Vertaling: Roel Nicolaï
Nederlandse Commissie voor Geodesie 58, 2022. 70 pagina's.
ISBN: 978 90 6132 346 4
During the twentieth century and particularly in its second half, a number of developments took place at the Faculty of Geodesy of Delft University of Technology that drew much attention, nationally, but definitely also internationally. These developments exerted an increasing influence on professional practice in geodesy and land surveying. These concerned the way in which reconnaissance surveys were conducted, measurement results processed and particularly the manner in which measurement quality was assessed. In the world of geodesy these developments are collectively referred to as the Delft School. Its most important pioneers were Jacob Menno Tienstra, his successor Willem Baarda and their co-workers. Their active contributions to this field span the period from 1930 to 1980 and that is roughly the period that will be discussed in this monograph.
The fascinating thing about this period is that problems, that were encountered in the work practice of the land surveyor and the geodesist, led to a thorough theoretical analysis of the work. That analysis yielded new concepts that were subsequently tested in practice, which led, in turn, to fine-tuning of the theoretical models. Therefore, any description of the developments of this period will have to be based on the interaction between theoretical developments and professional practice. Nevertheless, a split approach was chosen. This monograph discusses the development of theoretical framework in particular.
Two sub-periods are discussed in this monograph, focussed on the key players Tienstra and Baarda respectively. This format has been chosen for two reasons. The Tienstra period was mainly aimed at the structuring of data processing methods: the so-called five Standard Problems of adjustment calculus. In that period the beginnings of an improved theoretical framework for the analysis of the quality of measurements became visible.
The Baarda period focusses in particular on the continuation of the development of that theoretical framework for quality analysis of geodetic measurements. The concept of data quality or data accuracy was refined by breaking it down into the separate concepts of precision and reliability. Additionally, Baarda applied new mathematical concepts to the analysis of the structure and quality of geodetic control networks.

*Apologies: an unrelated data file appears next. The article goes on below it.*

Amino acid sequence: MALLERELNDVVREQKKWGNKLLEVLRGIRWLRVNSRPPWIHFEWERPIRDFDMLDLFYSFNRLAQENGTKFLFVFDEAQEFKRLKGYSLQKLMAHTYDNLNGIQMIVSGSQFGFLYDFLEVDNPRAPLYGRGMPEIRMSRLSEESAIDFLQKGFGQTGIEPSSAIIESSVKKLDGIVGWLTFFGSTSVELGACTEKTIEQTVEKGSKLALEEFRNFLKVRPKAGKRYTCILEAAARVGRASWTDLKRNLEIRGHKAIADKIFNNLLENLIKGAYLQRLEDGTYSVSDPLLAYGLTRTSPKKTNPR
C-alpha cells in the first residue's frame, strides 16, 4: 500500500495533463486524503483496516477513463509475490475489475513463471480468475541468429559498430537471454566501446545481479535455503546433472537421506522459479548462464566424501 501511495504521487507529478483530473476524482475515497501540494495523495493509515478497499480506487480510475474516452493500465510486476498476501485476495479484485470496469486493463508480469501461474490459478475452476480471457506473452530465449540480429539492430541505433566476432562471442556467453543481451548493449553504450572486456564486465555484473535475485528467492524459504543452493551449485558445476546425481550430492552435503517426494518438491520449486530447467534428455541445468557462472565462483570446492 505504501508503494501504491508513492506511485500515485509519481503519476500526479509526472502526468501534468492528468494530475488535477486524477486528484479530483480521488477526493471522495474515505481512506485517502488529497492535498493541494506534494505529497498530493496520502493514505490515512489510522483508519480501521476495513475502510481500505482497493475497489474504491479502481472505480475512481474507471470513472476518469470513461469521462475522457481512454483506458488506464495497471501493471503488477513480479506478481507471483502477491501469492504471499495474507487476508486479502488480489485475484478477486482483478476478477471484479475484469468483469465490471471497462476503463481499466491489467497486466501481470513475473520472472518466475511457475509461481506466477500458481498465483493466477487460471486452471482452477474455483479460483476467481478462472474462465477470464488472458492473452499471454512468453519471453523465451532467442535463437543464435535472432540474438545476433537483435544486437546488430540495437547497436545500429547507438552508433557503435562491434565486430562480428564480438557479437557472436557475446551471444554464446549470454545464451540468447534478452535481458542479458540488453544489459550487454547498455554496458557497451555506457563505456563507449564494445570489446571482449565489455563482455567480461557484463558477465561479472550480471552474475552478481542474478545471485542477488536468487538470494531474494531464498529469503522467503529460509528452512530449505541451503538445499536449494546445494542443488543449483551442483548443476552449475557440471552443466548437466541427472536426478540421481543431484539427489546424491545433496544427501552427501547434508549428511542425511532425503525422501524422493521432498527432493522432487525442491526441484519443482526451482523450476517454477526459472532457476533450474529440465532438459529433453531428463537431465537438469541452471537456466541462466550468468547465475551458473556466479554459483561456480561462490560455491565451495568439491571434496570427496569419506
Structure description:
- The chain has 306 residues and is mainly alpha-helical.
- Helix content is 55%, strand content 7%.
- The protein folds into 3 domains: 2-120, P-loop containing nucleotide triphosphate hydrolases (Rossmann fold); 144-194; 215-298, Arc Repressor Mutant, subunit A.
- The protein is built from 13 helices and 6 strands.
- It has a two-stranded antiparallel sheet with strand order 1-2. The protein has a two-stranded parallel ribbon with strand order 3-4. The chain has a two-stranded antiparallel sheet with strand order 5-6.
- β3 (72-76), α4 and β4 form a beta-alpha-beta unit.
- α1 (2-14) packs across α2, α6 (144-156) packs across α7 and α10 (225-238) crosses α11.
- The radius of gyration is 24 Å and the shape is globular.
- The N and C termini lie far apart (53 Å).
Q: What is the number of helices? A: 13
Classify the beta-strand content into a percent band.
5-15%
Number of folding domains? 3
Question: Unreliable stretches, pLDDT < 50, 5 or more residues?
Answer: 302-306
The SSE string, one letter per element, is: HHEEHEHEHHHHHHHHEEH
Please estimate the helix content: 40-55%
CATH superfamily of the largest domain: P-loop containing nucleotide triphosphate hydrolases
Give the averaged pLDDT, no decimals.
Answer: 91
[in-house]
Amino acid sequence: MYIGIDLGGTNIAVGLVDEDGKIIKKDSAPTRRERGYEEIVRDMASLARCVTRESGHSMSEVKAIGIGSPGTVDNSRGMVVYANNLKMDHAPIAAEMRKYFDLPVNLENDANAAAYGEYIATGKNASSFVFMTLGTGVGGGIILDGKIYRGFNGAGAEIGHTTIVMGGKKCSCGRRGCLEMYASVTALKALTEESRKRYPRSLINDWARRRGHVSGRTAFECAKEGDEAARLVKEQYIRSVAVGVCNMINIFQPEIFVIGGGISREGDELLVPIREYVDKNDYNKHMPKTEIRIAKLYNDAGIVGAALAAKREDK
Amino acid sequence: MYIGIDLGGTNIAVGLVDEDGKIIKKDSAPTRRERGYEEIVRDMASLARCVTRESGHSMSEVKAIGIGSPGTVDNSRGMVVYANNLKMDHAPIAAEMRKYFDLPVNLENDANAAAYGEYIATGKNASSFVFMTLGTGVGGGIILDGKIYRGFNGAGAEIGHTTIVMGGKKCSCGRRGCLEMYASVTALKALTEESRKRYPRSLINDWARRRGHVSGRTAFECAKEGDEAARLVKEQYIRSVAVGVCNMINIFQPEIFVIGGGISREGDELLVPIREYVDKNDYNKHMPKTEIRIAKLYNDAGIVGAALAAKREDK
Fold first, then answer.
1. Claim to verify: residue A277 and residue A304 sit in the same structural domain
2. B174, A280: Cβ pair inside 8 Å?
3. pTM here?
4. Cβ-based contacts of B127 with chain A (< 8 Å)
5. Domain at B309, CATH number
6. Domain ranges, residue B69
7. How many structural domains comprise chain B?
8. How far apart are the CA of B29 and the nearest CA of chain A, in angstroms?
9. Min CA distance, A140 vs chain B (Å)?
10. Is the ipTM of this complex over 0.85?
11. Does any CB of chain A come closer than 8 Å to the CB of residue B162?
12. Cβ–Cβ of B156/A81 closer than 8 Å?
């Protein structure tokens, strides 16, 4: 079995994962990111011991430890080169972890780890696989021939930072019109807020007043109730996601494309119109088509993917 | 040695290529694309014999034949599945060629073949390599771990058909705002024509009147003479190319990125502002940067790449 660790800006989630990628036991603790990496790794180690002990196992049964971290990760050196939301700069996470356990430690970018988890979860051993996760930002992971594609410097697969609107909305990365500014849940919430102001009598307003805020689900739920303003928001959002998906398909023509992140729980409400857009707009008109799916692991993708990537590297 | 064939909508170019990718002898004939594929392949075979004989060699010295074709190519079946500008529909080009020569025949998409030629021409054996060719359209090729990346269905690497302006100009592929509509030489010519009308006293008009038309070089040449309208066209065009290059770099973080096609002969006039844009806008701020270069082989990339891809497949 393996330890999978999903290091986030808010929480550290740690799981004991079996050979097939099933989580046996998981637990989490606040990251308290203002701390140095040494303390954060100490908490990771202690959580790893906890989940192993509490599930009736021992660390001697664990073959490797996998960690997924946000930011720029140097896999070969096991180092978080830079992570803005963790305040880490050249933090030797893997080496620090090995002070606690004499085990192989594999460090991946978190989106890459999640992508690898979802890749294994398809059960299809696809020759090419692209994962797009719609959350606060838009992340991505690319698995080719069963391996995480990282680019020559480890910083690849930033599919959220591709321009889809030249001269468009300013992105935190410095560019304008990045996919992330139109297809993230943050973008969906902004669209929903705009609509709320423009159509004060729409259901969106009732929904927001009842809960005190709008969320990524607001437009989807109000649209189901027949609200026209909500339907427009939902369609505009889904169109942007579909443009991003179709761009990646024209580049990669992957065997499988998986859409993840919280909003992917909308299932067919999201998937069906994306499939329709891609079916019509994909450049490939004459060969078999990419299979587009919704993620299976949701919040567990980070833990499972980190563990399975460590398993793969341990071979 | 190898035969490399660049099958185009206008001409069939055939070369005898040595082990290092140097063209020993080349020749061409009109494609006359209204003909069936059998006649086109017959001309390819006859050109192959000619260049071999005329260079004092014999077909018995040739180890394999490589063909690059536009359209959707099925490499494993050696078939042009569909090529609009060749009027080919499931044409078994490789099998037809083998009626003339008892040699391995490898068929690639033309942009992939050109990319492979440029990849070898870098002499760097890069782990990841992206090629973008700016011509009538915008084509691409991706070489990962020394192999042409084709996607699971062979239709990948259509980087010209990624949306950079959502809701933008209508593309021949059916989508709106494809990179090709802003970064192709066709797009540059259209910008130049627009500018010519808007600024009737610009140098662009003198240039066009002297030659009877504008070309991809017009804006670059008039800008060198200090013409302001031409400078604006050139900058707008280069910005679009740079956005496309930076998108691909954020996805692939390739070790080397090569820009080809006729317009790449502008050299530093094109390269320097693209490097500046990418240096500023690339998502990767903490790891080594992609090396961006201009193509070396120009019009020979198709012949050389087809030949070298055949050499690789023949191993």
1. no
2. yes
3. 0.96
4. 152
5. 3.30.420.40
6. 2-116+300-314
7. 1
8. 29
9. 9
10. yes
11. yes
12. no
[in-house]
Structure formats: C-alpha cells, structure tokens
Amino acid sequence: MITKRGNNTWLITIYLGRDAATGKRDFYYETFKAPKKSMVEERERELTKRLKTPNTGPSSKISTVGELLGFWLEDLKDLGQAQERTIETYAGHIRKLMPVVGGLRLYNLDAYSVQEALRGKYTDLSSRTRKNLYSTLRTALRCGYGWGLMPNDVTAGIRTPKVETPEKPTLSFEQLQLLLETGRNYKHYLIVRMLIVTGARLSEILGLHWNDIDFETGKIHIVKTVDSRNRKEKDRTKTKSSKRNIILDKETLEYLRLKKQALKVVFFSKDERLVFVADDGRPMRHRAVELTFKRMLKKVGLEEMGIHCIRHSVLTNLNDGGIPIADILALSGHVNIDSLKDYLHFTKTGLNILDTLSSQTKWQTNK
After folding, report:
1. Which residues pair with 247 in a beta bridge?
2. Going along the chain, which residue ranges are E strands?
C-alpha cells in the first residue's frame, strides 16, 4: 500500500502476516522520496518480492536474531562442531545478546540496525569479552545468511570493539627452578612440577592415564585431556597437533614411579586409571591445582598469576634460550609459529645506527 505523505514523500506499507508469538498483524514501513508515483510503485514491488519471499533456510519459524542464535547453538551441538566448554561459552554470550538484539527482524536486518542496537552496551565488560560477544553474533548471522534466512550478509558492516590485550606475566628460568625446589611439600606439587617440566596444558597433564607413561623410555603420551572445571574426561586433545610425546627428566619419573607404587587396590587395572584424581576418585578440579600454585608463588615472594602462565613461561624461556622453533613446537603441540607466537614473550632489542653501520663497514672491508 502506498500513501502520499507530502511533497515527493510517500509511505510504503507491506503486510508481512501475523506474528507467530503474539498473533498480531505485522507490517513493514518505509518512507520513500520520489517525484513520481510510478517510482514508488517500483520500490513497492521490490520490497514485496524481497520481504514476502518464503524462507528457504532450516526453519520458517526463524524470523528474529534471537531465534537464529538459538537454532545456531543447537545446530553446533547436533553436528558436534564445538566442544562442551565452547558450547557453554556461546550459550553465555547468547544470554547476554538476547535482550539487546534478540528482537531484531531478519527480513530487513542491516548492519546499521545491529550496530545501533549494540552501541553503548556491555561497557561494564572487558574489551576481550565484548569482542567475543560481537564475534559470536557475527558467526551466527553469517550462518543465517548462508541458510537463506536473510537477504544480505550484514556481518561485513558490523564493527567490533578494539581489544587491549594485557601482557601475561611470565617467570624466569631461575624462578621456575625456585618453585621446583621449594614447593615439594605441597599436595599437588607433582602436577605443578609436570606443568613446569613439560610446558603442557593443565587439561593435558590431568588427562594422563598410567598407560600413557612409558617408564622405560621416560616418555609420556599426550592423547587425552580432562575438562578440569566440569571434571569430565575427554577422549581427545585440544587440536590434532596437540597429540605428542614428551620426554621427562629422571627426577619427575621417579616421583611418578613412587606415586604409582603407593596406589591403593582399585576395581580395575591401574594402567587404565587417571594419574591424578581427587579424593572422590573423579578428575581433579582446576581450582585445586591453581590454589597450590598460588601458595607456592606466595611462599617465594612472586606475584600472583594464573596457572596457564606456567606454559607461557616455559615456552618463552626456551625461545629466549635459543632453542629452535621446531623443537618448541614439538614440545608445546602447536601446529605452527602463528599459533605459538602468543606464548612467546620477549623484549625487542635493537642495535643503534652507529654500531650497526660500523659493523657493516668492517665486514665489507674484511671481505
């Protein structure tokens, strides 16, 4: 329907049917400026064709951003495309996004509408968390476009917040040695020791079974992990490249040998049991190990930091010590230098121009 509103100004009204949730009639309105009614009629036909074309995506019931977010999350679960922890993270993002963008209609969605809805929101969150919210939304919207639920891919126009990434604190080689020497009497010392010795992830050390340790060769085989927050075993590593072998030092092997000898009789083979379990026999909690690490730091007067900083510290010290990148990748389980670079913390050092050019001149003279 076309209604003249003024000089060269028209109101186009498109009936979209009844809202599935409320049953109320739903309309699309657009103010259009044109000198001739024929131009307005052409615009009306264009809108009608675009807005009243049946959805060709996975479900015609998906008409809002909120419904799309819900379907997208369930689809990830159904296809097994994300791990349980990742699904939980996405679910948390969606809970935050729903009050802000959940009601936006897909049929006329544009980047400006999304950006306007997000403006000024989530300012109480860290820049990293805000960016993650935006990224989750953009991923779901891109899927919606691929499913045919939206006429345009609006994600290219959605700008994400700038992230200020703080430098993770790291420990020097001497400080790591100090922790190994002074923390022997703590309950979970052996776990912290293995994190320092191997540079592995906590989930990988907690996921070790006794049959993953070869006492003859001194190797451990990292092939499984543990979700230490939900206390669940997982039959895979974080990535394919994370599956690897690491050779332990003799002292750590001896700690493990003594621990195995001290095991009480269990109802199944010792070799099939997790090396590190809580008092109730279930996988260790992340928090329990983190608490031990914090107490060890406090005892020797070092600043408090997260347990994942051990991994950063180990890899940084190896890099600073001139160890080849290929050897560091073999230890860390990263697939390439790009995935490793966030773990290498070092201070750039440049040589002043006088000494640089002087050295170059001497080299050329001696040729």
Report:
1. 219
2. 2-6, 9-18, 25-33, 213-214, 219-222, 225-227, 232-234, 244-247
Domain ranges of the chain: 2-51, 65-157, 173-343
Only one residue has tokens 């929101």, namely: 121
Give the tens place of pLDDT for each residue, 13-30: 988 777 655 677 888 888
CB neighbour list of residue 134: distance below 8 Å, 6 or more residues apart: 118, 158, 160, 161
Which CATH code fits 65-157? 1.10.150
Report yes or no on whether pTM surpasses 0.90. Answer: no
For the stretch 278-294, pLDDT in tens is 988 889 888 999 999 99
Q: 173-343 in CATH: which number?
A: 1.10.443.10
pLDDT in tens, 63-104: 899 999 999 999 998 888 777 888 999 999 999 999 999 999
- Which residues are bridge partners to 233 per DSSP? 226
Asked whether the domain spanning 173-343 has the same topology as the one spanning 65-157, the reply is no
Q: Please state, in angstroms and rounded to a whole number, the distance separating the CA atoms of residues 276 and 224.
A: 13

The emergence of, firstly, so-called total stations (the combination of measurement of direction and distance in a single instrument) and secondly GPS from the 1980s onward, as well as the continually accelerating development of information technology and computing, have changed the daily practice of the geodesist fundamentally. The subsequent emergence of laser altitude measurement, radar interferometry and many other novel measurement techniques contributed to more changes in the work methods of the geodesist in an even shorter time frame. Additionally, the closing of the Faculty of Geodesy at the Delft University of Technology in 2003 and the termination of the geodesy curriculum at the Utrecht Polytechnic (….) have almost stopped the inflow of new Dutch geodesists in this professional field. Therefore, in the Netherlands, geodetic tasks are increasingly performed by professionals from other disciplines, who were not educated with the concepts of the Delft School. Because of this, this system of ideas is at risk of falling into oblivion, which is an important justification for writing this monograph. It is to be hoped that people do retain the awareness of what has been achieved in this phase of Dutch geodetic history. This contribution to geodesy had a global importance and impact.
The most important development phase of the ideas of the Delft School happened before those farreaching technological changes in geodesy. For a proper understanding of this development phase, a brief description of geodetic survey practice will be provided after this introduction. The period after that tipping point might be described in a later paper.
A large number of articles dedicated to various aspects of the theoretical developments of the Delft School have been published over the last decades, in part authored by the key players themselves. This monograph will make use of such publications; a selection of publications has been compiled. Taken together, these publications provide a good summary of the period described. This monograph provides the context in which these articles should be interpreted.
In the professional field, geodesy is often distinguished from land surveying. The development of the methods by the Delft School of Geodesy were of equal importance for both. These concepts will therefore be used interchangeably; use of one term implies the other. Furthermore, the terms ‘observations’ and ‘measurements’ will be used as synonyms.